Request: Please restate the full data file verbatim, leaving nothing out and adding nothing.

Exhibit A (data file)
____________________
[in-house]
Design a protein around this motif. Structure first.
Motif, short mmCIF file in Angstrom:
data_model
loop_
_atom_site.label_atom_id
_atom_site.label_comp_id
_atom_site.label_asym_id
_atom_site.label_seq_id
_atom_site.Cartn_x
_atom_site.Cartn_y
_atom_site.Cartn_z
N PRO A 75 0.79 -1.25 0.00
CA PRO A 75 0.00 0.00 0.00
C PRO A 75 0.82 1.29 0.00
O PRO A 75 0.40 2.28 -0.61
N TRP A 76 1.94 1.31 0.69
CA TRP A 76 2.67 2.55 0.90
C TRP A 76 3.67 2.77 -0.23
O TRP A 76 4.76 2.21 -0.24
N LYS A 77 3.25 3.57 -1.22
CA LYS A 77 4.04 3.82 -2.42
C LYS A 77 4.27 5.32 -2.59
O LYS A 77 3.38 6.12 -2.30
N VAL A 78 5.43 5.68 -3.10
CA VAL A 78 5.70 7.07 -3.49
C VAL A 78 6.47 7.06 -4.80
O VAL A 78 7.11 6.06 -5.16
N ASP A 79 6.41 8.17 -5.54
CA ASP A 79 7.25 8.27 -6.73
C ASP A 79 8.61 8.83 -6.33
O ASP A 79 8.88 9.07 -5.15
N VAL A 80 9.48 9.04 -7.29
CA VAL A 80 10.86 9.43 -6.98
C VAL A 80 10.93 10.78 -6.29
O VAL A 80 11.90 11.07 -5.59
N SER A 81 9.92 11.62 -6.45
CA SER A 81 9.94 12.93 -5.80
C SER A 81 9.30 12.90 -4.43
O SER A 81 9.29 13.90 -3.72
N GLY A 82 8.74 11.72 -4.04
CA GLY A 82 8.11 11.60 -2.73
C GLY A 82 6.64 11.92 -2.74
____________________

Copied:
[in-house]
Design a protein around this motif. Structure first.
Motif, short mmCIF file in Angstrom:
data_model
loop_
_atom_site.label_atom_id
_atom_site.label_comp_id
_atom_site.label_asym_id
_atom_site.label_seq_id
_atom_site.Cartn_x
_atom_site.Cartn_y
_atom_site.Cartn_z
N PRO A 75 0.79 -1.25 0.00
CA PRO A 75 0.00 0.00 0.00
C PRO A 75 0.82 1.29 0.00
O PRO A 75 0.40 2.28 -0.61
N TRP A 76 1.94 1.31 0.69
CA TRP A 76 2.67 2.55 0.90
C TRP A 76 3.67 2.77 -0.23
O TRP A 76 4.76 2.21 -0.24
N LYS A 77 3.25 3.57 -1.22
CA LYS A 77 4.04 3.82 -2.42
C LYS A 77 4.27 5.32 -2.59
O LYS A 77 3.38 6.12 -2.30
N VAL A 78 5.43 5.68 -3.10
CA VAL A 78 5.70 7.07 -3.49
C VAL A 78 6.47 7.06 -4.80
O VAL A 78 7.11 6.06 -5.16
N ASP A 79 6.41 8.17 -5.54
CA ASP A 79 7.25 8.27 -6.73
C ASP A 79 8.61 8.83 -6.33
O ASP A 79 8.88 9.07 -5.15
N VAL A 80 9.48 9.04 -7.29
CA VAL A 80 10.86 9.43 -6.98
C VAL A 80 10.93 10.78 -6.29
O VAL A 80 11.90 11.07 -5.59
N SER A 81 9.92 11.62 -6.45
CA SER A 81 9.94 12.93 -5.80
C SER A 81 9.30 12.90 -4.43
O SER A 81 9.29 13.90 -3.72
N GLY A 82 8.74 11.72 -4.04
CA GLY A 82 8.11 11.60 -2.73
C GLY A 82 6.64 11.92 -2.74